server {
	server_name blog.aaronlenoir.com;
	listen 443;

	ssl on;
	ssl_certificate		/etc/ssl/blog.aaronlenoir.com/fullchain.pem;
	ssl_certificate_key	/etc/ssl/blog.aaronlenoir.com/privkey.pem;
	add_header Strict-Transport-Security "max-age=31536000" always;

	location / {
		proxy_pass http://ghost:2368;

The server name "blog.aaronlenoir.com" is forwarded to the internal "ghost" container.


To update ghost, nginx or mysql I run:

docker pull nginx
docker pull mysql
docker pull ghost:0

The "ghost:0" indicates I want the latest ghost where the version number starts with 0. This is because I do not want ghost v1 which was rewritten from scratch and probably has compatibility issues (I guess).

Wait for MySql

Important detail to mention:

  • When the ghost container starts, it expects the mysql database to be running. If it's not, ghost won't start either.
    • To fix, after I start the "mysql" container I start a "wait for mysql" container and wait for the container to stop

Easy maintenance

The advantage of using docker is that each part of my site runs in a container. To me, this eases maintenance a bit.

To shut-down everything I have a script down.sh. Then I run update.sh. Then I run: up.sh and hope everything still works (it usually does).

I can also easily run the configuration scripts on a new blank machine that runs docker. I've done it many times for testing purposes.

Let's Encrypt

I also use Let's Encrypt in docker to generate my certificates. The docker command is a bit involved:

docker run --rm -p 80:80 -p 443:443 -v $PWD/etc/letsencrypt:/etc/letsencrypt -v $PWD/var/log/letsencrypt:/var/log/letsencrypt certbot/certbot certonly --standalone --agree-tos -v -c /etc/letsencrypt/cli.ini -d news.aaronlenoir.com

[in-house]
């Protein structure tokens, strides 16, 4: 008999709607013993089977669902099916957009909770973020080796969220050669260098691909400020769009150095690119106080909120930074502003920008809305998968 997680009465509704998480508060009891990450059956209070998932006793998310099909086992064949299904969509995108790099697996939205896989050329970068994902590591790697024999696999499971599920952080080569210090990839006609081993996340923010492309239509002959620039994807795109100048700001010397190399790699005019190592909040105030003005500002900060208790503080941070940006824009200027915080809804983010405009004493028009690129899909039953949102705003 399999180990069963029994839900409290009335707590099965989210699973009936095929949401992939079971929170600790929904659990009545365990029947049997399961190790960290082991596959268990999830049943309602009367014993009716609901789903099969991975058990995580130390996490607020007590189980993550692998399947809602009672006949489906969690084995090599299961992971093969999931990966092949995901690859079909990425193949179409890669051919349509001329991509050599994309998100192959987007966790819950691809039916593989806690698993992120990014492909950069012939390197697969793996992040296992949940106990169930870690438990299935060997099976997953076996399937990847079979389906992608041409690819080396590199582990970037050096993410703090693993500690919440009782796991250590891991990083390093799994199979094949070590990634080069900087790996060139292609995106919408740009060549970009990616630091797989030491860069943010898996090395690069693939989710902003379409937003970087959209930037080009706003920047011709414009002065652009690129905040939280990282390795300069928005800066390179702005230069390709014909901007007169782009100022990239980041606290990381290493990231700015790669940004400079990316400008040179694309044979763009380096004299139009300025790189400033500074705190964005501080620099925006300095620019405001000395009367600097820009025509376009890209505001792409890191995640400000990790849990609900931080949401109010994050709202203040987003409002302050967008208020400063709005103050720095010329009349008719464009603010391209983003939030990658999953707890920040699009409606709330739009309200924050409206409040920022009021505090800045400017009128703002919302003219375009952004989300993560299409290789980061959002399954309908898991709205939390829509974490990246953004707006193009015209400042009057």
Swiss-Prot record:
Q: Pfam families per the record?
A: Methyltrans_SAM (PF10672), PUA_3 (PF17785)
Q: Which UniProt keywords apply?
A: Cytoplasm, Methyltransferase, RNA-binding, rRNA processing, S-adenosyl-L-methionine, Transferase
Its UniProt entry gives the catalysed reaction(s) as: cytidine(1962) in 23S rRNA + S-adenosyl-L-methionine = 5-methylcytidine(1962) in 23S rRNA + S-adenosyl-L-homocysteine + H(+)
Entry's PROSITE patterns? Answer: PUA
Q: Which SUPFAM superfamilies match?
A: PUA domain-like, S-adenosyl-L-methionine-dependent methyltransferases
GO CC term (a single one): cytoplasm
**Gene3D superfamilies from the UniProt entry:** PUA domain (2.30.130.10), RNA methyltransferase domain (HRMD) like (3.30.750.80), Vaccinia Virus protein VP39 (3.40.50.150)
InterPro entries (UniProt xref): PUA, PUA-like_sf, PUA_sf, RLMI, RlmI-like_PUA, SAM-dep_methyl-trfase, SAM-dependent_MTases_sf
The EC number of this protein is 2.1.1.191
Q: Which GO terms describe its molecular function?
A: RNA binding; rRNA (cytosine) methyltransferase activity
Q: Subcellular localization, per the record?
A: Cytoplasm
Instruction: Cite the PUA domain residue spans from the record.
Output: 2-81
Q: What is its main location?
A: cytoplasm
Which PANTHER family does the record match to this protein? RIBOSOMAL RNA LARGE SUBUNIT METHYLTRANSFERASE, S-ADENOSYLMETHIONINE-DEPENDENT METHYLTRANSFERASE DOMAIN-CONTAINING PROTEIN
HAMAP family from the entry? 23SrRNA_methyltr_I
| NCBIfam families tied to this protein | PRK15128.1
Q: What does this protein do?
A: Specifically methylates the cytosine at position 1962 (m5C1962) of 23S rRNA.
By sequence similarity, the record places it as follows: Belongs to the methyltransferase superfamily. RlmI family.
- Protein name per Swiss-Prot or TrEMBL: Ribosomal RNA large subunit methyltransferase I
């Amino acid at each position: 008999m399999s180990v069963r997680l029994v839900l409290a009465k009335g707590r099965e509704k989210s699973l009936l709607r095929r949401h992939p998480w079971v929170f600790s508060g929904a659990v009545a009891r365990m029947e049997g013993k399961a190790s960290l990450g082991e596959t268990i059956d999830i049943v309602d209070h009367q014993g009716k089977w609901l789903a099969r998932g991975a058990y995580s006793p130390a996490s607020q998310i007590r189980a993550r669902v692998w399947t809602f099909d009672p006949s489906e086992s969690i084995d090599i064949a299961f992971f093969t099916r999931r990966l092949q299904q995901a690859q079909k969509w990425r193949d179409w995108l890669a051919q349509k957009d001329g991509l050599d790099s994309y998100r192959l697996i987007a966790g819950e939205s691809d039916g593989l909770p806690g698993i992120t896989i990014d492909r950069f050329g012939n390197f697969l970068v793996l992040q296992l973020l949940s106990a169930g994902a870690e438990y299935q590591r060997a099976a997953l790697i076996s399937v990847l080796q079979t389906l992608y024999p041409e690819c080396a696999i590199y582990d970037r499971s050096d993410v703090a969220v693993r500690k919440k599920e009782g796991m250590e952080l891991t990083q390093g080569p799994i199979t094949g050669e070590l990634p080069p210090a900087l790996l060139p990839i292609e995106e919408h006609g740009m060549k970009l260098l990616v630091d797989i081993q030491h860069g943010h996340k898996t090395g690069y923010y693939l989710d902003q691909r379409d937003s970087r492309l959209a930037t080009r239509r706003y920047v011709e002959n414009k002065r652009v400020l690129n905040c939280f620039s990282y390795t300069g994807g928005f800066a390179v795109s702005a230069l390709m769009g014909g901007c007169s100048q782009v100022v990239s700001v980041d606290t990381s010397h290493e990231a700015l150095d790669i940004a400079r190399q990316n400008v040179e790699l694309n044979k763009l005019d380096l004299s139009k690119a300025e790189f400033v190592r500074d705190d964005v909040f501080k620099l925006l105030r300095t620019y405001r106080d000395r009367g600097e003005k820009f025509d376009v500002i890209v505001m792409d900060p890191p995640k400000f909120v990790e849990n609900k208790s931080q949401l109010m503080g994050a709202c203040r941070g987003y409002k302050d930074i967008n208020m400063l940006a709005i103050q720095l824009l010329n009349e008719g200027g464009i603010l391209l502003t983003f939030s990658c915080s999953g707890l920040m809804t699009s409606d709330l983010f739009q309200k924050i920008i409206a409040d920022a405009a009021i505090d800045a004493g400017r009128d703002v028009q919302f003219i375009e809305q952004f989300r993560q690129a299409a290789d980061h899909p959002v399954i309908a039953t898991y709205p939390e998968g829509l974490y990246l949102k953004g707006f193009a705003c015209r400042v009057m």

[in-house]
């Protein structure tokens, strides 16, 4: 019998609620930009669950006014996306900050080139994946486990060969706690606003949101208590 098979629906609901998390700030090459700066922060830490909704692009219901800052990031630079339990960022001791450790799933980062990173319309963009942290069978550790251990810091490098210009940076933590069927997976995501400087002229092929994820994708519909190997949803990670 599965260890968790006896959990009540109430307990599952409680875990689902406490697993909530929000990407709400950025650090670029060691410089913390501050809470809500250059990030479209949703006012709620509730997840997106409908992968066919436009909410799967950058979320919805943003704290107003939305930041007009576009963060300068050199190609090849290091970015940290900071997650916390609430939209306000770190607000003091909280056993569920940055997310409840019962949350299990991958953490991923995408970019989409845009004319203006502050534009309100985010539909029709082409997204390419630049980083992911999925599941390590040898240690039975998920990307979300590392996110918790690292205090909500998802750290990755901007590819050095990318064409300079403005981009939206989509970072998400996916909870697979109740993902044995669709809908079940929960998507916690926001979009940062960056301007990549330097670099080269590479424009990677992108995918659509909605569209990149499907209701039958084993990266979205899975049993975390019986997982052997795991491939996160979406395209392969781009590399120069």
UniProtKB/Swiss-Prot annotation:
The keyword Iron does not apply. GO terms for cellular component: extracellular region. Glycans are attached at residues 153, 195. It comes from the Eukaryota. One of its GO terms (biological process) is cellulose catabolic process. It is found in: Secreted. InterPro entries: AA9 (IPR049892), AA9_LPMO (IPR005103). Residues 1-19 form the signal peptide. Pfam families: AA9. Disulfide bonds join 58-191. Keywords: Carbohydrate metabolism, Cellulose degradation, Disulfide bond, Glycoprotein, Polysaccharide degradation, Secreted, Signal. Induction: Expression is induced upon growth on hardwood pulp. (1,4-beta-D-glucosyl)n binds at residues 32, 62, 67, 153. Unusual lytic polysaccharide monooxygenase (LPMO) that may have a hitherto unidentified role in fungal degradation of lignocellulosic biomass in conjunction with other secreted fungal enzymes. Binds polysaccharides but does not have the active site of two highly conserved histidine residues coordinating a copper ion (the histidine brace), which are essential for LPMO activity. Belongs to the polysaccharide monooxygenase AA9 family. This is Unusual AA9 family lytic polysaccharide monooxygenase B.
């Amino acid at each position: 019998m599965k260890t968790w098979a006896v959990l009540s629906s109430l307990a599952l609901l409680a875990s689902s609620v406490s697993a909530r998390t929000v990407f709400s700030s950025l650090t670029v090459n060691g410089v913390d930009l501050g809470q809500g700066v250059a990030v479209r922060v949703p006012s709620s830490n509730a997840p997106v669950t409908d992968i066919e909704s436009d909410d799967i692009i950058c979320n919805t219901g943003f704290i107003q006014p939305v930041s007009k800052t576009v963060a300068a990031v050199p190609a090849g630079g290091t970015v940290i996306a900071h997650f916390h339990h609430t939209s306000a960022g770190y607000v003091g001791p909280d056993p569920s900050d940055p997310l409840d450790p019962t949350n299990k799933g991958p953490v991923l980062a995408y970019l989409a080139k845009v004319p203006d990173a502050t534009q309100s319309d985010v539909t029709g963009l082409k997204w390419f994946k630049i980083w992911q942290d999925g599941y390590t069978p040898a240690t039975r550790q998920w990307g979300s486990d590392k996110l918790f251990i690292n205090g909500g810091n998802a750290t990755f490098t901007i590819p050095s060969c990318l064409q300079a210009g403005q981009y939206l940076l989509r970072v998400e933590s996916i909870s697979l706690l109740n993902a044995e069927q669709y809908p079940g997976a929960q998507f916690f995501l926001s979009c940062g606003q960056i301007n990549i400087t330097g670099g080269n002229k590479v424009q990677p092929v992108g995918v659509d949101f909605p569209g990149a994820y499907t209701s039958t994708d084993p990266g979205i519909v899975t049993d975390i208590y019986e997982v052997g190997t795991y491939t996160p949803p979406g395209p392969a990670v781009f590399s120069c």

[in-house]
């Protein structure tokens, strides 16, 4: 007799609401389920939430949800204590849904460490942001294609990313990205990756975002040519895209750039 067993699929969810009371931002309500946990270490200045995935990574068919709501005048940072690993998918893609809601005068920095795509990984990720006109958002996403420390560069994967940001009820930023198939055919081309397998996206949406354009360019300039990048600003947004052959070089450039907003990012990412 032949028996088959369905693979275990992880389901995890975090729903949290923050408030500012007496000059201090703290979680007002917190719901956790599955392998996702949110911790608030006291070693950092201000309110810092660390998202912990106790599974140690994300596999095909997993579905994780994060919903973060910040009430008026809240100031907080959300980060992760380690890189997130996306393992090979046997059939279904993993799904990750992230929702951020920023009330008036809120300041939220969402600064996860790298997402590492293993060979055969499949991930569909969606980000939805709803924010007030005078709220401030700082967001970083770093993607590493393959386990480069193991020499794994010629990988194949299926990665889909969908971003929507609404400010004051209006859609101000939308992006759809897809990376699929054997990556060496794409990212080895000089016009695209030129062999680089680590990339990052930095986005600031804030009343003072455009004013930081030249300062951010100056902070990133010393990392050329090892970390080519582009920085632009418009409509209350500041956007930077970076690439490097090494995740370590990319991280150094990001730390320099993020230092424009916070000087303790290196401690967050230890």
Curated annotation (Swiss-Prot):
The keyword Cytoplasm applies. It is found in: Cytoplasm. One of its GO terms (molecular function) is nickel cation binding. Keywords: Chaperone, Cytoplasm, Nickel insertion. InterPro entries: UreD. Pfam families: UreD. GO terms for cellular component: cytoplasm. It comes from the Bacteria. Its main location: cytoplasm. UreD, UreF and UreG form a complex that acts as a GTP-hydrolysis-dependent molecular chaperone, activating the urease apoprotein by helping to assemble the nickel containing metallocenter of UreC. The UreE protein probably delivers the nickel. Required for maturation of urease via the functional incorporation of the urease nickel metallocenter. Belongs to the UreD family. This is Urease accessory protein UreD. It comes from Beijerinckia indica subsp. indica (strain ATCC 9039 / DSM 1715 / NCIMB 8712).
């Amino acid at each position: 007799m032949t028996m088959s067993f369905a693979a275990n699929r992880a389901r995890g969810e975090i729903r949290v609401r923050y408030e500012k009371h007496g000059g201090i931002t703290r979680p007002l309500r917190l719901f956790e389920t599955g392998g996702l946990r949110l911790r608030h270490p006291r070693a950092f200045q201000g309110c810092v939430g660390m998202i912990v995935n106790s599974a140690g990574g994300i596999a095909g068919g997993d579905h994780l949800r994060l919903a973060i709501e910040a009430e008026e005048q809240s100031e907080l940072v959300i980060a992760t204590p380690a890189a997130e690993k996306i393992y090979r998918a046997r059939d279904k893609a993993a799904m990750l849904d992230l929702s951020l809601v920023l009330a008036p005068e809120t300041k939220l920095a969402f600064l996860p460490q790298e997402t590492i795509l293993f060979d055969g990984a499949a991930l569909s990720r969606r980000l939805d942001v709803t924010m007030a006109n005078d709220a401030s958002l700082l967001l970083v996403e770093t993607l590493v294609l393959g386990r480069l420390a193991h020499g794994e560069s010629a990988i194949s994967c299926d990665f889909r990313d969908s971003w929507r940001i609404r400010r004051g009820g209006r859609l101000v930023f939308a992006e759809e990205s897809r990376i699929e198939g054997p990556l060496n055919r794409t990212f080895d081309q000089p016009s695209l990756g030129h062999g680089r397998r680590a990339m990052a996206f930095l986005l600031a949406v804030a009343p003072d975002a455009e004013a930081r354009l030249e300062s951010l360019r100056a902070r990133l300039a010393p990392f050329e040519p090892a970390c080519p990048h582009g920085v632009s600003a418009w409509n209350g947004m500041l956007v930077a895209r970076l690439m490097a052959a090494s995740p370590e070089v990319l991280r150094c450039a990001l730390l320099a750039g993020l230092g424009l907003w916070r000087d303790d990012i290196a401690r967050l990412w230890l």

cp $PWD/etc/letsencrypt/live/news.aaronlenoir.com/*.pem /etc/ssl/news.aaronlenoir.com/
docker run --rm -p 80:80 -p 443:443 -v $PWD/etc/letsencrypt:/etc/letsencrypt -v $PWD/var/log/letsencrypt:/var/log/letsencrypt certbot/certbot certonly --standalone --agree-tos -v -c /etc/letsencrypt/cli.ini -d blog.aaronlenoir.com
cp $PWD/etc/letsencrypt/live/blog.aaronlenoir.com/*.pem /etc/ssl/blog.aaronlenoir.com/

As you can see, I need to run it for both news.aaronlenoir.com and blog.aaronlenoir.com seperatly. Additionally I must first stop everything before I run let's encrypt, because it needs those ports for it's client.

Sadly, I currently need to run this manually. I could probably get this into nginx itself ...

But it's just one command every 3 months, so not too bad.


It's a lot easier for me to move hosting, update software and manage my Let's Encrypt certificates after moving from OpenShift to Digital Ocean. I know OpenShift was changing their model to also use docker, so it may not be that different anymore.

Most effort was in creating the configuration scripts that could reliably recreate the entire situation on a blank machine.

But once setup, maintenance was easy. I've been running it for a while and haven't run into any big issues.

It's also nice to know that, because of using nginx, it will be easy to add a new web application on another sub-domain, if I want to. And with Let's Encrypt it will be trivial to add SSL as well.

Oh yeah, the price for all this is $5. In Belgium this results in $6.05 because 21% VAT.

Also, you can pay by topping up your credits using PayPal. Which is a payment system I like a lot.